For the first time in almost a decade, the number of U.S. children without health insurance is on the rise. The year 2017 saw an increase in uninsured children from 4.7% to 5%, and while the exact numerical increase may be relatively small, experts are concerned about the possible implications.
Coverage By The Numbers
While the overall population hasn’t seen a significant drop in insured people, remaining firmly at 8.8% uninsured, there are currently 276,000 more children without health insurance this year. This suggests an alarming overall trend that could set the precedent for future years. It is highly unusual to see rates of coverage drop during periods of economic growth, and as this is the first drop in insurance rates in the past decade, experts seem to have reason to worry.
In addition to an increase in uninsured children, out-of-pocket spending has accelerated for the past three years across all types of health insurance, including for employer-sponsored coverage. The ultimate end result is fewer people having health insurance, and higher insurance costs for those who do.
General Public Uninformed On Insurance Options
One of the many reasons that the state of health coverage in the United States seems to be worsening could be due to a general lack of education on health insurance options. For example, most Americans do not know crucial information about health insurance, such as the fact that 100 percent of medical and long-term care insurance premiums are deductible from gross income to arrive at adjusted gross income. The current administration and President Trump have slashed funding dramatically for programs that would educate Americans on health insurance options and assistance available for those unable to afford health insurance, resulting in a less educated general populace.
Lack Of Coverage Means Less Care
With fewer children covered by health insurance, more families are forgoing important preventative care measures that could make the difference for children’s overall health and safety. These crucial preventative care measures are essential to protecting not just children, but the health of the general public.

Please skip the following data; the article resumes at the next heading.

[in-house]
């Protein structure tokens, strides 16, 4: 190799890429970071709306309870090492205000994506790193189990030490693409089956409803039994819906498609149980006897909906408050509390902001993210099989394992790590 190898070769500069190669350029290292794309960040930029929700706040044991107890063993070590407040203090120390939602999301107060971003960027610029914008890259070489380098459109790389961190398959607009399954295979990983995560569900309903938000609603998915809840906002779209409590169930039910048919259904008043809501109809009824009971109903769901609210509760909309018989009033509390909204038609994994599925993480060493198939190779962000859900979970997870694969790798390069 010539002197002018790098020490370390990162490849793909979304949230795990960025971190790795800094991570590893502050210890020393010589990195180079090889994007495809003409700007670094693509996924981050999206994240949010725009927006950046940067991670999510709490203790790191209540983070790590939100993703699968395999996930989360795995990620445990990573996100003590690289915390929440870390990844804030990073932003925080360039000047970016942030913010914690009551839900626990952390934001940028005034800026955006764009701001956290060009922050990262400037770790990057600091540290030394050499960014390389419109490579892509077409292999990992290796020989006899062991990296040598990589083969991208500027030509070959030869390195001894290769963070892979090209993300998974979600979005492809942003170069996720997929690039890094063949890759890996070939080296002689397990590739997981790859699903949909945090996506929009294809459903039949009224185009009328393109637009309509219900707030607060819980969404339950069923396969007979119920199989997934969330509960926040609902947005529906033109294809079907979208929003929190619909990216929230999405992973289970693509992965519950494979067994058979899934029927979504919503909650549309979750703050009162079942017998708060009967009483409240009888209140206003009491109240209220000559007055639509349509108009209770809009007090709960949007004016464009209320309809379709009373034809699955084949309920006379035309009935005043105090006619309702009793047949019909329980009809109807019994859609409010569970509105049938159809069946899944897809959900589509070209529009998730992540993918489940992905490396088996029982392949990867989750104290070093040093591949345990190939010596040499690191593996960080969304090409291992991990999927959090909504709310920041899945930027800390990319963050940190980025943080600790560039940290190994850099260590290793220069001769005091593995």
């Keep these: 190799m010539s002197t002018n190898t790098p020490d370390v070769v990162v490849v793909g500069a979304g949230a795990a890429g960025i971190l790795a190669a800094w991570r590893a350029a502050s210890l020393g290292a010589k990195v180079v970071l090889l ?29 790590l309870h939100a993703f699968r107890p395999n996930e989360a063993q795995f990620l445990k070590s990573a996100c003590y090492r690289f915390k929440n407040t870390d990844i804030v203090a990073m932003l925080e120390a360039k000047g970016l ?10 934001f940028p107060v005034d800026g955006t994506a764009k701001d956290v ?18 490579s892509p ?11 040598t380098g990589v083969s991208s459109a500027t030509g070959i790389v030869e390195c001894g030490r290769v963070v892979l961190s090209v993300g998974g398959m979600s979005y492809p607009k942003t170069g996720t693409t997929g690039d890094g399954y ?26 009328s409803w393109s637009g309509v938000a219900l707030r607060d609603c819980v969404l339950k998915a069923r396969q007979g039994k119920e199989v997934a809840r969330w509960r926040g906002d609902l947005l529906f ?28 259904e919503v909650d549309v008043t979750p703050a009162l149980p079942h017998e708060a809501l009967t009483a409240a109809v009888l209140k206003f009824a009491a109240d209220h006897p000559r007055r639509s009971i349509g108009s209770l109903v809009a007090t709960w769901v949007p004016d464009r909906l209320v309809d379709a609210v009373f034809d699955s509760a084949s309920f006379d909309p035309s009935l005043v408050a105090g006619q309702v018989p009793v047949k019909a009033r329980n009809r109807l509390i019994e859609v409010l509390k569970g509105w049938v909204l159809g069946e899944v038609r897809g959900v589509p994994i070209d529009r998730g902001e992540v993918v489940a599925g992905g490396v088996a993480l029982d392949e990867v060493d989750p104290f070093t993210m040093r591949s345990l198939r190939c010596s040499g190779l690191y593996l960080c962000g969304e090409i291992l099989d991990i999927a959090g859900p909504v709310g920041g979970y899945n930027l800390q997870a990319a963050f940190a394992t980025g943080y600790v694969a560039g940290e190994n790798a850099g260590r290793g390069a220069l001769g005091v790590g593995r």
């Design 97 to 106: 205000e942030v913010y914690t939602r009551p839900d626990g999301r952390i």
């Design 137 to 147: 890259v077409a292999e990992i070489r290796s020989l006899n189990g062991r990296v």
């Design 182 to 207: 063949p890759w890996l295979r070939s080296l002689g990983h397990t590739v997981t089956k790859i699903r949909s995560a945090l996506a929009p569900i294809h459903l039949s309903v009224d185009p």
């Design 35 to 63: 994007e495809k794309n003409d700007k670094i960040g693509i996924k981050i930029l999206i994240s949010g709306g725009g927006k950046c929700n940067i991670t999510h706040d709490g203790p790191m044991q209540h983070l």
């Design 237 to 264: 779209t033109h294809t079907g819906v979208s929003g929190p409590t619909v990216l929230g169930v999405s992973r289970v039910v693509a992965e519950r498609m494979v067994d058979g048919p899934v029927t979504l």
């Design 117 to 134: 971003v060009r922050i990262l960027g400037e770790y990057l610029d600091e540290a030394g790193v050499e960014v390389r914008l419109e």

In 2017, an estimated 19.5 million children under one year old worldwide did not receive DTP3 vaccines, reflecting a harmful trend of forgoing vaccination. Many of these children did not receive vaccinations as a result of lack of health coverage that would make payments difficult. This contributes to an already dangerous and harmful trend of children not receiving appropriate vaccinations, putting those who are not able to be vaccinated at risk.
Additionally, if this trend of lack of coverage continues in combination with increasing out-of-pocket costs, many adults will also not seek out preventative care they need. This is especially important in adult populations, where different health risks arise. Certain preventative screenings, such as mammograms for the second most commonly diagnosed cancer among women, breast cancer, can prevent serious and expensive conditions. However, if people are forced to pay exorbitant out-of-pocket prices, it is unlikely these screenings will occur.
Overall, the decrease in insured rates for American children does not bode well for the state of American health. With 2019 just on the horizon, it remains to be seen whether this trend will continue into the new year, and what that might mean for Americans’ health insurance everywhere.